|Birth: ||Apr. 16, 2008|
Cape Girardeau County
|Death: ||Apr. 6, 2009|
Tuesday, April 7, 2009
Daily Dunklin Democrat
Brady Alan Cunningham, 11 months, of Campbell, Mo., died Monday, April 6, 2009, at his residence.
Born April 16, 2008, in Cape Girardeau, Mo., son of Dustin Erik Cunningham and Jessica Lynn Porchey Cunningham, he was a member of the Crosspointe Family Church.
Survivors include his parents, Dustin and Jessica Cunningham, of Campbell; grandparents, Teresa Cunningham, of Campbell, Mark and Janice Cunningham, of Farmington, Mo., Don and Becky Ruth, of Festus, Mo., and John and Jean Porchey, of Herculaneum, Mo.; great-grandparents, Peggy and Garland Pace, of Campbell, Roy Cunningham, of Kennett, Louise Cunningham, of Farmington, Dawn and Frank Bautista, of DeSoto, Mo., and Tom and Bettye Woolsey, of Pevely, Mo., and several aunts and uncles.
He was preceded in death by a great-grandmother, Wanda Beckham.
Visitation will be from 6 p.m. to 8 p.m., Thursday, April 9, at the Landess Funeral Home in Campbell.
Funeral services will be held at 2 p.m., Friday, April 10, at the Crosspointe Family Church in Campbell with Pastor Earl D. Dell and Bro. Donnie Ham officiating.
Burial will follow in the Woodlawn Cemetery-Landess Addition in Campbell.
CAMPBELL, Mo. -- A rare genetic disease, which is not currently part of Missouri's newborn screening requirements, recently claimed the life of a Campbell infant, just 10 days before his first birthday.
Brady Alan Cunningham, son of Dustin Erik and Jessica Lynn Cunningham, passed away on April 6, 2009, at his home in Campbell. Cunningham suffered from Krabbe Disease, a rare genetic disorder of the nervous system, resulting from a deficiency in an enzyme known as galactocerebrosidase (GALC). A defect in the GALC is what causes the disease.
Cunningham was born on April 16, 2008, and underwent all the standard newborn screenings. All results came back normal.
Shortly after being born, Cunningham's parents and the hospital staff noticed him shaking a lot. He was later diagnosed with an immature nervous system and his parents were told that it would disappear before he reached the age of four-months.
During the four month's the parents were waiting for the shaking to go away, Cunningham suffered from colds, ear infections, recurrent Thrush, as well as the shaking. He also began straightening out his body and arching his back, stiffening as if he were in a lot of pain, and crying, refusing to feed from his bottle.
Cunningham's parents made the decision to take him to the children's hospital at St. Louis, Mo., where, following several tests, doctors decided to test for a rare lysosomal disease. One week later, the results came back and the diagnosis was made that Cunningham had Krabbe Disease.
According to Cunningham's family, doctors said early symptoms of Krabbe included hypertonicity, gastric reflux, irritability, and clasped thumbs, followed by blindness and deafness later. They were also told that in the infantile form, there is a rapid mental deterioration, which usually leads to death before the age of two.
According to research from the National Institute of Neurological Disorders and Strokes, if the screening had been part of the normal newborn screening process, Cunningham could have received a bone marrow transplant or cord blood transfusion, which could have stopped the progression of the disease, possibly enabling him to have a normal life. However, since it took so long to diagnose the disease, doctor's were unable to treat Cunningham's condition and gave him a life expectancy of 13-months.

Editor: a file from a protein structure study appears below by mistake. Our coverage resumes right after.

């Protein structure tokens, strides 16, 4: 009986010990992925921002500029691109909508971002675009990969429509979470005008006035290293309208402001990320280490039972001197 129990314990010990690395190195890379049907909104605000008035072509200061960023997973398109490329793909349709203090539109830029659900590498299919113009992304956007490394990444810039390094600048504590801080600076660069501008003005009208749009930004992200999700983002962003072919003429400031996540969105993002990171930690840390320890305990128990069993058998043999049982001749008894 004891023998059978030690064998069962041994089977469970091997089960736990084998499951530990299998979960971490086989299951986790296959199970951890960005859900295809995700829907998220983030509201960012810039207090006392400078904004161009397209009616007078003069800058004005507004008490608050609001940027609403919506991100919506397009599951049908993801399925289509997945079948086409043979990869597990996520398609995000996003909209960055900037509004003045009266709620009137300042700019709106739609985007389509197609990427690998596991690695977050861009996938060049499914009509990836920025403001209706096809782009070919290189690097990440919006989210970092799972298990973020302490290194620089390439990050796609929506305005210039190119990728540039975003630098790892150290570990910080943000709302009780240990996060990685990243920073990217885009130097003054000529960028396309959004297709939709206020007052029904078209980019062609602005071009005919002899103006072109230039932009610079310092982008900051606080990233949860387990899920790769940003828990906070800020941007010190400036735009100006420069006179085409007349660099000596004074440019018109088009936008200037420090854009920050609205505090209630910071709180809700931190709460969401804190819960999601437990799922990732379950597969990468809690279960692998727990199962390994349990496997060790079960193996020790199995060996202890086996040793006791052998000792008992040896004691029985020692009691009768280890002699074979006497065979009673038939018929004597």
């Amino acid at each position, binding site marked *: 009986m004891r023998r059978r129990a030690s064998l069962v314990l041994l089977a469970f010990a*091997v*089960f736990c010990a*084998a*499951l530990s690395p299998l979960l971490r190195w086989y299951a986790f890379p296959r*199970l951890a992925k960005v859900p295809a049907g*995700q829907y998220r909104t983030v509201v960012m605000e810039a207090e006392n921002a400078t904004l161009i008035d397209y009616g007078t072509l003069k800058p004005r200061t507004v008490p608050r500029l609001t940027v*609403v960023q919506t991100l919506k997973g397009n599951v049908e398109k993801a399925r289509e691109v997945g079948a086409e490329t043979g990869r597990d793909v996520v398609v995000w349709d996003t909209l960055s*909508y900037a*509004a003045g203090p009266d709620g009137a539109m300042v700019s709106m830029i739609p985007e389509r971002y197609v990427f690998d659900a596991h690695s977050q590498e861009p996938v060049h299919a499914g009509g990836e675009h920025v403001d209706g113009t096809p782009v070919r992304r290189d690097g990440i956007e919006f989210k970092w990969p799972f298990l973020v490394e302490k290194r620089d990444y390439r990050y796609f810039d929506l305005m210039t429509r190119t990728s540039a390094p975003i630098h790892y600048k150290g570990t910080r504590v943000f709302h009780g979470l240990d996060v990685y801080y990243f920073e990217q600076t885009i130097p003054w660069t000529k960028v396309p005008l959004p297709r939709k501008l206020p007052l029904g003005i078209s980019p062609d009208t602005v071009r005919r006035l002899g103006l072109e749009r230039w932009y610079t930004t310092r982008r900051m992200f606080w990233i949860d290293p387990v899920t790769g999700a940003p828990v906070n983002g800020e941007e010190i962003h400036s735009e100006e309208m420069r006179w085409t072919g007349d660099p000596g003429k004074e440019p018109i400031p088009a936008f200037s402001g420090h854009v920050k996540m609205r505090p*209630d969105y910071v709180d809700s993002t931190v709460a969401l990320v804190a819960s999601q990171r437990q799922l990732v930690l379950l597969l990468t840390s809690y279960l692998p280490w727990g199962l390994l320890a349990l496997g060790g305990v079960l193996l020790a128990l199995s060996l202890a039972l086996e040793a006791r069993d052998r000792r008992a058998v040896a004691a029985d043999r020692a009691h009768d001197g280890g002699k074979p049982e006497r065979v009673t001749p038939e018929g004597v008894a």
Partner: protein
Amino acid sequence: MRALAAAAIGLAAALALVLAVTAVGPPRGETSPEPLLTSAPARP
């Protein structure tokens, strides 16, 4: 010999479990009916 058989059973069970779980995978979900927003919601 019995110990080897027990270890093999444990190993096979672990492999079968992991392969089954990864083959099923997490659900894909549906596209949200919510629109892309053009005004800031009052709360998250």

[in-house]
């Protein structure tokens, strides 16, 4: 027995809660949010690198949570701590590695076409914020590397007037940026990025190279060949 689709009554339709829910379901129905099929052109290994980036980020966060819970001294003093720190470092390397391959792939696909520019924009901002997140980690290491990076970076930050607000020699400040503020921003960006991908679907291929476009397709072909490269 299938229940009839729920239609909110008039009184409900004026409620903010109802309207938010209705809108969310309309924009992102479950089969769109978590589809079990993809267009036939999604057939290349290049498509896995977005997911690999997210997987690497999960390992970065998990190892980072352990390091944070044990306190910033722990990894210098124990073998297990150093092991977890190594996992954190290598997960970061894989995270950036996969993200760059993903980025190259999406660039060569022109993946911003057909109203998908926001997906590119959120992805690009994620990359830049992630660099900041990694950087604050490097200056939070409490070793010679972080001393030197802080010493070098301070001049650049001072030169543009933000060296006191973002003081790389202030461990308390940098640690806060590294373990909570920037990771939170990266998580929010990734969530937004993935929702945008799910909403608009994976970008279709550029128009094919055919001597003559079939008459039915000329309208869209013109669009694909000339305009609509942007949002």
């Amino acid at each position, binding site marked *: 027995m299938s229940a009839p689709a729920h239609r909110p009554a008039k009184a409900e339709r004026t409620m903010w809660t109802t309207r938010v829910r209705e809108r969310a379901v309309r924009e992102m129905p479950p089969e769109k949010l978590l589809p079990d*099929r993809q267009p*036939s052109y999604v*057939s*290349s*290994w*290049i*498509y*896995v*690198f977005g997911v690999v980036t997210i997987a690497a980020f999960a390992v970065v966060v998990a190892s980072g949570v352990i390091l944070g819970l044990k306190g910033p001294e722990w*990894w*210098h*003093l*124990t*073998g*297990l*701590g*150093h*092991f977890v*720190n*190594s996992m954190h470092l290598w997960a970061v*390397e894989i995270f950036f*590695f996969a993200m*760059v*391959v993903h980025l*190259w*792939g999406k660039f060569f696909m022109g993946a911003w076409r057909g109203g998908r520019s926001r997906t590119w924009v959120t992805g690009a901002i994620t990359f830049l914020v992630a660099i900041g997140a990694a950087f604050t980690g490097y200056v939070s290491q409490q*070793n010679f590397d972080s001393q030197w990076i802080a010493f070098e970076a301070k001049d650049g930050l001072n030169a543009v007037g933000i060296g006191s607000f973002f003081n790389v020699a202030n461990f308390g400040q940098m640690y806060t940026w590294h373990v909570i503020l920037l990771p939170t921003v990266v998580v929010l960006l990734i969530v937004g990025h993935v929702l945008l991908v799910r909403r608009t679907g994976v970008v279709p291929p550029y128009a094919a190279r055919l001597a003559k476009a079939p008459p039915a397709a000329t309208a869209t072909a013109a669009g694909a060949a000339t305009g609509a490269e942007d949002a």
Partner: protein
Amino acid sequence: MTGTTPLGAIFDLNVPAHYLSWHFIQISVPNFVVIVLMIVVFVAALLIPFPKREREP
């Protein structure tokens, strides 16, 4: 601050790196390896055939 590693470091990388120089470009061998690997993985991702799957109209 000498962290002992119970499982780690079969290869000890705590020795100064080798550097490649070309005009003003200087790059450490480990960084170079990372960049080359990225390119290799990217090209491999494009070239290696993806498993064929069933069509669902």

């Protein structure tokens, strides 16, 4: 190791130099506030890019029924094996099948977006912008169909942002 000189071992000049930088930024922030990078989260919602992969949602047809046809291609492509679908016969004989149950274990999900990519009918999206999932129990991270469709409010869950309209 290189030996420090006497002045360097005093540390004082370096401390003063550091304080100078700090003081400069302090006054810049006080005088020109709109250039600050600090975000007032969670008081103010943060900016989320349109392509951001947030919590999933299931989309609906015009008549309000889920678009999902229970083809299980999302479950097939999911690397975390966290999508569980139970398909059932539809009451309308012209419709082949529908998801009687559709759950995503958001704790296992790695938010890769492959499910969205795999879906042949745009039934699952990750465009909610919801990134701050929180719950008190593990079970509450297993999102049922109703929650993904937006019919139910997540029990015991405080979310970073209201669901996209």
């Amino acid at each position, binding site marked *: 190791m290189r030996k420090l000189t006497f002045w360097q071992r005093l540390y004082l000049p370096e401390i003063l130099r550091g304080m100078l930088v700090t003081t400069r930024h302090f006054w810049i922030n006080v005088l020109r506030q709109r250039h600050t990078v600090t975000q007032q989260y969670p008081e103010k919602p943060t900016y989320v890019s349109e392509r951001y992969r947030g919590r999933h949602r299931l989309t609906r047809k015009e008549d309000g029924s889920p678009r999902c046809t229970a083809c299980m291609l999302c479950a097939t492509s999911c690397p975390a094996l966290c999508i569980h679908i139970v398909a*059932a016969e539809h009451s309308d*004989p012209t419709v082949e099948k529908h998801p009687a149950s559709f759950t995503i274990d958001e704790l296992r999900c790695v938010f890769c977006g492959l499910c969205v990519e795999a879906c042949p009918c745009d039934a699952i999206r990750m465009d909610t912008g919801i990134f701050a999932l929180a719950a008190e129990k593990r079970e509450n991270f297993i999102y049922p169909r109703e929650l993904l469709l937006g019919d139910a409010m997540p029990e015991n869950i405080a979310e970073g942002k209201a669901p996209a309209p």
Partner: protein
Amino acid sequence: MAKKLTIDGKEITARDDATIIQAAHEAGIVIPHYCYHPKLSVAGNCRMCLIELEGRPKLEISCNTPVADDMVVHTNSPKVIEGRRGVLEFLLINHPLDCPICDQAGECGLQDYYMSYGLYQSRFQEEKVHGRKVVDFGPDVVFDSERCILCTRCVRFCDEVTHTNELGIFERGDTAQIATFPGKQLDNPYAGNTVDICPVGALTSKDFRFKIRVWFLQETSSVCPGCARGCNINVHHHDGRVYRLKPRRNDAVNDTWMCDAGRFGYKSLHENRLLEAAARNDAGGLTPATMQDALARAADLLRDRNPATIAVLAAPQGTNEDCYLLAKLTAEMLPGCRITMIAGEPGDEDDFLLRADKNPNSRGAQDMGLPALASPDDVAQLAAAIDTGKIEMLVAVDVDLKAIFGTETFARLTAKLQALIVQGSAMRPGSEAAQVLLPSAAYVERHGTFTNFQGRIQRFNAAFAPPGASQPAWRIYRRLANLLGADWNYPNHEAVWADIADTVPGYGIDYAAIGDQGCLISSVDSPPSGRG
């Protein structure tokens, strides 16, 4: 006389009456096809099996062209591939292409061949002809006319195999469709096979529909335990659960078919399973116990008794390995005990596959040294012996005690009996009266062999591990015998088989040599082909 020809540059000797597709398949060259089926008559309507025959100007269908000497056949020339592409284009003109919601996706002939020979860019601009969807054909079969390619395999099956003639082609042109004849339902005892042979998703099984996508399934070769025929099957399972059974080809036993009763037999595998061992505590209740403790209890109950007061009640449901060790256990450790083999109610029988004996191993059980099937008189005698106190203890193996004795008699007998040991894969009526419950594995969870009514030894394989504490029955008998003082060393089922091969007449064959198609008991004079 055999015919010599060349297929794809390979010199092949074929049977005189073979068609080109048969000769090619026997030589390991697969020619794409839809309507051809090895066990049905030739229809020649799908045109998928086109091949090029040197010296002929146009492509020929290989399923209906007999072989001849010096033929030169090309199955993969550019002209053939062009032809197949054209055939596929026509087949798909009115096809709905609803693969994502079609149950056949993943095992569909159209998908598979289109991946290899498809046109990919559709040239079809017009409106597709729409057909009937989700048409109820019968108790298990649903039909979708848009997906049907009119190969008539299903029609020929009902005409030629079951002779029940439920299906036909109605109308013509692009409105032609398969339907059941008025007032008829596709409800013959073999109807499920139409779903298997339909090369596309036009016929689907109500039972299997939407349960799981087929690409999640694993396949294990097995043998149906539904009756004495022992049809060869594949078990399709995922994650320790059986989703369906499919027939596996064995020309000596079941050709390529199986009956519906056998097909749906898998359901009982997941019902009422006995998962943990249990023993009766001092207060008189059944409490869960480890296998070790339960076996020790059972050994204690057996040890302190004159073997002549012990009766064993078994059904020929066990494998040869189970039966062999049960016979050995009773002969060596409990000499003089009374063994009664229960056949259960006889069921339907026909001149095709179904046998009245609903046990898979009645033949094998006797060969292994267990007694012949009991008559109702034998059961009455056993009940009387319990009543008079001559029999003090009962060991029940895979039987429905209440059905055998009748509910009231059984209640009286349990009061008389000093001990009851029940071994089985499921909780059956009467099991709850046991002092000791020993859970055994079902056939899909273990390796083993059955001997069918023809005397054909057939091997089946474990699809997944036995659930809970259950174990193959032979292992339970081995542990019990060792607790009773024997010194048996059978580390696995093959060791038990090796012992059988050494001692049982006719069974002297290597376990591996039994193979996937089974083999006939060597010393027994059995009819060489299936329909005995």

In March 2009, Representative Tom Todd became the chief sponsor of House Bill 716, which was introduced in a Health Care Policy Committee meeting in late February.
The bill establishes the Brady Alan Cunningham Newborn Screening Act, which will require the Department of Health and Senior Services to expand newborn screening requirements to include certain lysosomal storage diseases by July 1, 2010.
According to Todd, the department will be authorized to increase the current fee associated with newborn screening tests in order to cover additional costs of the expanded newborn tests. Currently in Missouri, 67 disorders are screened, however, the bill will add five more disorders to the screening list.
Todd also said that all of Cunningham's suffering could have been avoided if Missouri had the proposed bill in effect.
"A minimum of 10 children in Missouri are born each year with the five metabolic disorders addressed in House Bill 716, referred to as lysosomal storage disorders," added Todd. These disorders can be invariably fatal if treatment is not instituted promptly. In the case of Krabbe disease, treatment is only effective if provided prior to the onset of any clinical symptoms. The hope for children with these disorders and the hope for their families is newborn screening, according to the state representative.
"I am hoping insurance companies will be on board with us," Todd said. "I can't imagine testing for $50 to not outweigh the costs incurred once the disease is allowed to progress."
Todd added that it is important to remember that children will be born with these diseases whether or not there is medical screening. "They will continue to suffer and die if undiagnosed, but with early detection and effective treatment obtained, Krabbe disease no longer needs to bring death and despair to those who receive its diagnosis," Todd said.
On Thursday, April 2, four days prior to Cunningham's passing, the Missouri House of Representatives Rules Committee reported "Do Pass" for the bill, putting it one step closer to becoming a law and saving lives.
Maintained by: dandrew
Originally Created by: Debbie
Record added: Apr 07, 2009
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